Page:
Galapagos, where more than 90% of its population depends on tourism, is experiencing signs of recovery with a firm commitment to conservation, backed by the recent initiative announced at COP26 to extend its marine reserve.
“Expanding the reserve from 138,000 to 200,000 square kilometers is one of our commitments to nature,” Ecuadorian President Guillermo Lasso said Thursday at an investment forum, referring to the project presented at the Glasgow summit, which he defined as ” the largest debt-for-conservation swap ever made in the world. “
Pending completion, the archipelago declared in 1978 the First Natural Heritage of Humanity by UNESCO, thus returned to the international focus and did so with the environmental guarantee represented by the conservation of its emblematic species, converted into tourist lures.
With more than 92% of the population immunized against covid-19, Galapagos tries to leave behind the harsh months of the pandemic in 2020, when its main activity was paralyzed and many of its inhabitants returned to barter to survive.
“Galapagos is above all about nature. Everything is focused on conservation because the islands are a ‘hot spot’ of species that you cannot find anywhere else in the world,” said Ana Moya, executive of Finch Bay, a resort that has in conservation one of its main claims.
The manager acknowledges that the survival of the sector, used to receiving thousands of foreign tourists, had to look to the national visitor since 2020, who, thanks to promotions, kept the activity afloat.
And it is that if in 2018 the Ecuadorian islands reached the record of 276,000 visitors, and in 2019 they were 211,874, the coronavirus unsettled the figures to 72,000, according to official data.
Now it seems to be going up again and, as of October of this year, 83,190 people had visited the archipelago, of which 64.2% were national and 35.8% international, reflecting a trend that has begun to balance out in recent months.
“Little by little the foreign market is returning to the country,” says Moya, who trusts that the announcement of the new reserve will serve as a catalyst for that tourist who values nature and seeks a different experience of the sun and the beach.
NATURE IN ITS PUREST FORM
With unparalleled biological diversity and inhospitable landscapes that in some islands turn Martian, in this volcanic archipelago it is possible to feel how evolution followed its paths.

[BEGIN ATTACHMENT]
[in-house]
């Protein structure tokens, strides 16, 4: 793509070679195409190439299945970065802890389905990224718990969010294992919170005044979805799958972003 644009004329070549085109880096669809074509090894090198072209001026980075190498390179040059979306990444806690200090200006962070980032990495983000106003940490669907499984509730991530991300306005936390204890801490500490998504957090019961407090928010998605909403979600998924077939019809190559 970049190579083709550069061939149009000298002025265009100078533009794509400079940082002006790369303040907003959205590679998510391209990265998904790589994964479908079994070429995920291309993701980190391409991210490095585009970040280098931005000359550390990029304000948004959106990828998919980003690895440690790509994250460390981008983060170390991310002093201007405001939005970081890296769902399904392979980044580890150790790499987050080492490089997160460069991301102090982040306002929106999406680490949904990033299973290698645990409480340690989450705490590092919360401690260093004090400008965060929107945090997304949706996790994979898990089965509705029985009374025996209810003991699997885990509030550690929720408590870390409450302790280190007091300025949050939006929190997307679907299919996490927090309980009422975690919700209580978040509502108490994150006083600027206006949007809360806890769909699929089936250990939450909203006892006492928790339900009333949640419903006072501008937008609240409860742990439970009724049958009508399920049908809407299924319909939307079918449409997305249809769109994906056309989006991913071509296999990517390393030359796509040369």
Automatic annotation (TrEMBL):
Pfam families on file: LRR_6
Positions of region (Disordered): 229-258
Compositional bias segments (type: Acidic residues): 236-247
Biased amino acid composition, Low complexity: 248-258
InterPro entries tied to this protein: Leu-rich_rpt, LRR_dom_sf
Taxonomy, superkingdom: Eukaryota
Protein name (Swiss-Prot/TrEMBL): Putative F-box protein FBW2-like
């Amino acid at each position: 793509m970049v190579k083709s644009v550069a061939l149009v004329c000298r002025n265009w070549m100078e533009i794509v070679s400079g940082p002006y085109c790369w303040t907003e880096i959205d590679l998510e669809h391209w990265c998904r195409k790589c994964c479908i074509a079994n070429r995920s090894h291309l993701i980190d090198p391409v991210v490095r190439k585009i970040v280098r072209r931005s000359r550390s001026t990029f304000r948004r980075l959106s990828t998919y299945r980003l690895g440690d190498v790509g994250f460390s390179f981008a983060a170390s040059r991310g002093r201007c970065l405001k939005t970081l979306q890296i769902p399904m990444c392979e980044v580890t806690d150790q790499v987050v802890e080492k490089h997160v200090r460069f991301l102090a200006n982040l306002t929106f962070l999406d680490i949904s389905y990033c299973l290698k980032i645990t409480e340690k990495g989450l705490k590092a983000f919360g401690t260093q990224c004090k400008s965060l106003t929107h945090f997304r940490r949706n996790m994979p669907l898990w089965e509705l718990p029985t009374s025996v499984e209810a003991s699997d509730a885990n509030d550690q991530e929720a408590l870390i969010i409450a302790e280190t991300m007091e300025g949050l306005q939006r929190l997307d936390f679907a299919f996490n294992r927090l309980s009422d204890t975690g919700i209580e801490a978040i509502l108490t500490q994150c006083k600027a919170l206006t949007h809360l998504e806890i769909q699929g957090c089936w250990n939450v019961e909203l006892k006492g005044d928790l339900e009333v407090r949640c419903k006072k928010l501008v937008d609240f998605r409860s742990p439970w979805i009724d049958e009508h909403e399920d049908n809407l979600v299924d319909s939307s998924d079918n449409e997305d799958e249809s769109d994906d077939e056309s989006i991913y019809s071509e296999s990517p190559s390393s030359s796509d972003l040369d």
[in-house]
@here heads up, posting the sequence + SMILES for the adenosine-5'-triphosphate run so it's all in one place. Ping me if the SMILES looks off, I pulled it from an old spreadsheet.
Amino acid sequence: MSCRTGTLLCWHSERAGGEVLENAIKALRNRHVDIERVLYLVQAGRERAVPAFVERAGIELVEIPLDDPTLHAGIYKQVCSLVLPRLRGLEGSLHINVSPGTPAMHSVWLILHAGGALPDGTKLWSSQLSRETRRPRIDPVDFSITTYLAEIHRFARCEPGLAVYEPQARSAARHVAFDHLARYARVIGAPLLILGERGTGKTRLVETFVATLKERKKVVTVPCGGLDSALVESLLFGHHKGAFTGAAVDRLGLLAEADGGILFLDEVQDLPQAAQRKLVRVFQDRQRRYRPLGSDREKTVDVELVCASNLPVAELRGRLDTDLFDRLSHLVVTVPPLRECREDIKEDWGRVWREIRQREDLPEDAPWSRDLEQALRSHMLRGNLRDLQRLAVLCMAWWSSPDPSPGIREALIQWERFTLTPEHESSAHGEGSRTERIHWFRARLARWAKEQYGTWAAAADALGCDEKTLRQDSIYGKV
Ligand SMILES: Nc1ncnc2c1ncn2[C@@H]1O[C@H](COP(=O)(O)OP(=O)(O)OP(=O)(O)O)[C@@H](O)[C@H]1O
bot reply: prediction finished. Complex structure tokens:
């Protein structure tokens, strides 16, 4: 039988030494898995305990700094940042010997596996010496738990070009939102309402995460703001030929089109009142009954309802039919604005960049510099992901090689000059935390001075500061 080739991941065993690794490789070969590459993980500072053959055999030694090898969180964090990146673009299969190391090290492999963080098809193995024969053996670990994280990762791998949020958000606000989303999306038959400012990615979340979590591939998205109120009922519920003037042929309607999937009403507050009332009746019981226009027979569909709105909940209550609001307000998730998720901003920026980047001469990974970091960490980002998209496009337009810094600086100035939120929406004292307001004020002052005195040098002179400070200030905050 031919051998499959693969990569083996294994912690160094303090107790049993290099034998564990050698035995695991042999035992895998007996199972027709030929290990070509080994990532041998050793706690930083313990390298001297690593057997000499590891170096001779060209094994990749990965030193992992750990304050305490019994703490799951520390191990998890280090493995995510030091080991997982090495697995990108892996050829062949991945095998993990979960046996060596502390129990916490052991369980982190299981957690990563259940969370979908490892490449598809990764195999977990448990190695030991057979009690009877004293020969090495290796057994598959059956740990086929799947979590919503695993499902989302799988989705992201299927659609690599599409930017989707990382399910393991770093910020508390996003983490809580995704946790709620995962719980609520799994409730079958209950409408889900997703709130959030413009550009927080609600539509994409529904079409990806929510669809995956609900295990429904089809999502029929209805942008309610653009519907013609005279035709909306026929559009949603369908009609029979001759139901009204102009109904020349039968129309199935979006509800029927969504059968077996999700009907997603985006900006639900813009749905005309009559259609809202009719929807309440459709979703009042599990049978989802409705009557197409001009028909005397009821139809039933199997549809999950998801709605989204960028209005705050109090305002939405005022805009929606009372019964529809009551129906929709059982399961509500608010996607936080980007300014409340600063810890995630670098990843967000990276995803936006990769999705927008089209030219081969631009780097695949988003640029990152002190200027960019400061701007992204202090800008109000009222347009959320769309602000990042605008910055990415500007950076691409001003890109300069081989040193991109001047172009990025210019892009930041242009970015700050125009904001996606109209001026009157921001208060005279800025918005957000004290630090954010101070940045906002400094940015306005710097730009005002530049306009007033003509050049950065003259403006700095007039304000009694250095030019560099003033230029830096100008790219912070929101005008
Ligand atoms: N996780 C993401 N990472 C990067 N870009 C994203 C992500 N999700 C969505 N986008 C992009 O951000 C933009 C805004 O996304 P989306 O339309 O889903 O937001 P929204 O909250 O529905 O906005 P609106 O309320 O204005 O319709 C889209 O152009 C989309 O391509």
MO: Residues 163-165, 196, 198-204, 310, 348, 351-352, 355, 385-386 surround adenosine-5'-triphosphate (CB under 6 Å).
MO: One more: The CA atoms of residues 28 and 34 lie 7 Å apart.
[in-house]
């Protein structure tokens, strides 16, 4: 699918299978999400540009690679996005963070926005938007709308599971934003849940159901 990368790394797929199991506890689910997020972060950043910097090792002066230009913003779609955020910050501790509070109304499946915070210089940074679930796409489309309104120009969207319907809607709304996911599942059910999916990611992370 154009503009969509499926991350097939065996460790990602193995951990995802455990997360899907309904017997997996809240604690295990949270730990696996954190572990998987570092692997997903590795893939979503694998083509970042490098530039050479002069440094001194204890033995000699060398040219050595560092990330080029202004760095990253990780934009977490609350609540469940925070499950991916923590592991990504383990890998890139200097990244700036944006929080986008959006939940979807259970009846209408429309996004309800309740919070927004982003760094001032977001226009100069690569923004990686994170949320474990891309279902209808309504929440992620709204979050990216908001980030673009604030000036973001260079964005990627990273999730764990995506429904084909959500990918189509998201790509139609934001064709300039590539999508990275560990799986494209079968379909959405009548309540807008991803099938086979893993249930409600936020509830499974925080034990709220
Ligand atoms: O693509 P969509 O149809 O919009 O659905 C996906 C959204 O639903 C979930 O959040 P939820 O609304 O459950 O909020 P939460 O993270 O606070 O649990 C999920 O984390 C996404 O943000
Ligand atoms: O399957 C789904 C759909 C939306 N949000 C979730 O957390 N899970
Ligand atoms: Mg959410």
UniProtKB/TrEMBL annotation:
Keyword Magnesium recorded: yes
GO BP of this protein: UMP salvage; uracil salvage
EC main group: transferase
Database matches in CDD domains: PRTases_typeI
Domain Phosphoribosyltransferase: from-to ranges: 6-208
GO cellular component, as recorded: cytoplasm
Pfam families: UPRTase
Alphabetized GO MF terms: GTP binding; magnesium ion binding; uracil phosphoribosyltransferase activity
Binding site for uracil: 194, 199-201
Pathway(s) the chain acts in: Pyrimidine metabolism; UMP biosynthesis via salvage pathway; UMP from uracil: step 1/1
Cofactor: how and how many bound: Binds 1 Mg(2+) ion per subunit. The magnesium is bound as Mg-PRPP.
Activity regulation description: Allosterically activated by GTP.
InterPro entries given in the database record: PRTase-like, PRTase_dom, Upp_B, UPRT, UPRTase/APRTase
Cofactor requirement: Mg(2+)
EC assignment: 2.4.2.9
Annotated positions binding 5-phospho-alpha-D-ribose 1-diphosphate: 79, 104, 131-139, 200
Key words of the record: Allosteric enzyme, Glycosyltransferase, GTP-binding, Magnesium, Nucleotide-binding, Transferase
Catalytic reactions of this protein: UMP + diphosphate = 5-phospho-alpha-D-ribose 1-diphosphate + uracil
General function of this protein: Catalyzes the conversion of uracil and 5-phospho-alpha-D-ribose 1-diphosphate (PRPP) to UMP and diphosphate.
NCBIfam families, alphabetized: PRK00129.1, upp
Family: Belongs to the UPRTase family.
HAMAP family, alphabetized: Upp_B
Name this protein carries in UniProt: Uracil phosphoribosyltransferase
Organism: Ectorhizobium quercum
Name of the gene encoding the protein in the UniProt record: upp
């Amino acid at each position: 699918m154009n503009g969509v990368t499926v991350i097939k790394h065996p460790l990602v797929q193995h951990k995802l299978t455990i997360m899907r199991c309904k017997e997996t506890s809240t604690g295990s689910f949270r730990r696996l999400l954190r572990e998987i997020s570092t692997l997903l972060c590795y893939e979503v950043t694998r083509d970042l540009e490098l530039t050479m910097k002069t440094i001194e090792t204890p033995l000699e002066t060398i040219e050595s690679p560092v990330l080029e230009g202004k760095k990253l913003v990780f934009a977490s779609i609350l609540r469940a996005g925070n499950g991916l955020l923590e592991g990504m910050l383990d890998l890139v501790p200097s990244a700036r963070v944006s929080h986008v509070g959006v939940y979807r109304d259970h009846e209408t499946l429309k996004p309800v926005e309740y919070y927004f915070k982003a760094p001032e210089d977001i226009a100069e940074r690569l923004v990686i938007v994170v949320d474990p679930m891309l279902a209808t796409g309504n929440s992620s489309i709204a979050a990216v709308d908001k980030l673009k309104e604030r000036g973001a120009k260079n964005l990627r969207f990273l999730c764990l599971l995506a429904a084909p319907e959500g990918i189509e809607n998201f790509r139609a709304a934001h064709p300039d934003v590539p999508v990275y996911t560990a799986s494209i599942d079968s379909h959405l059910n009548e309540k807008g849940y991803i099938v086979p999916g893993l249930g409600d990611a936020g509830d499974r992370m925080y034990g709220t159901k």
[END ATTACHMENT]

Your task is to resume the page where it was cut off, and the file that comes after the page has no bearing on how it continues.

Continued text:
The naturalist Pablo Ribadeneira highlights the different types of habitats on Santa Cruz Island depending on the altitude: “In the coastal area we have a predominance of gray cactus forests; after 300 meters the humid transition area with dense vegetation of up to 15 meters, feeding area of the turtles “.
Located about a thousand kilometers from the mainland, and crossed by the equatorial line, the archipelago is made up of thirteen large islands, nine medium ones and a hundred islets, and is home to more than 7,000 endemic and native species, among them, the emblematic Galapagos that they give name.
“From tourism we show what makes the islands famous: their endemism,” explained José Hurtado, a National Park guide who uses the native marine iguana as an example, which can submerge more than 15 meters and stay 20 minutes under Water.
Although it may seem contradictory, for this instructor there is a perfect symbiosis between tourism and conservation on the islands, which are as dependent on human visits as on animals because “species do not know borders”.
The projected marine reserve will add to the 133,000 square kilometers of waters already under protection that make it the second on the planet, and which is inhabited by 95% of unique species according to the records. In total, it will have 193,000 kilometers.
At the climate summit, a multilateral agreement was also signed to expand environmental protection over some of the regions considered “richest in biodiversity in the world”, which, in addition to Galapagos, include Coco Island in Costa Rica, Malpelo in Colombia and Coiba in Panama.
“We know well that this area is one of the centers of reproduction of sharks,” Hurtado recalled before mentioning the threat of international fishing fleets that wait in waters bordering the current reserve to capture species that transit through the so-called Eastern Pacific Marine Tropical Corridor.
Galapagos will thus cease to be at the center of bitter environmental debates about its maritime perimeter, to focus on a recovery with a mark of sustainability.
This is seen in initiatives that seek to offset the carbon footprint in some hotels, or in flight, such as the one developed by the Latam airline, which also separates waste in the cabin, beyond the required disinfection of luggage to destroy invasive biological agents. .
“What we want is for people to come who want to become an explorer, understand how our entire ecosystem works, learn about Darwin’s theory and animals, because without animals we have nothing,” concluded Moya.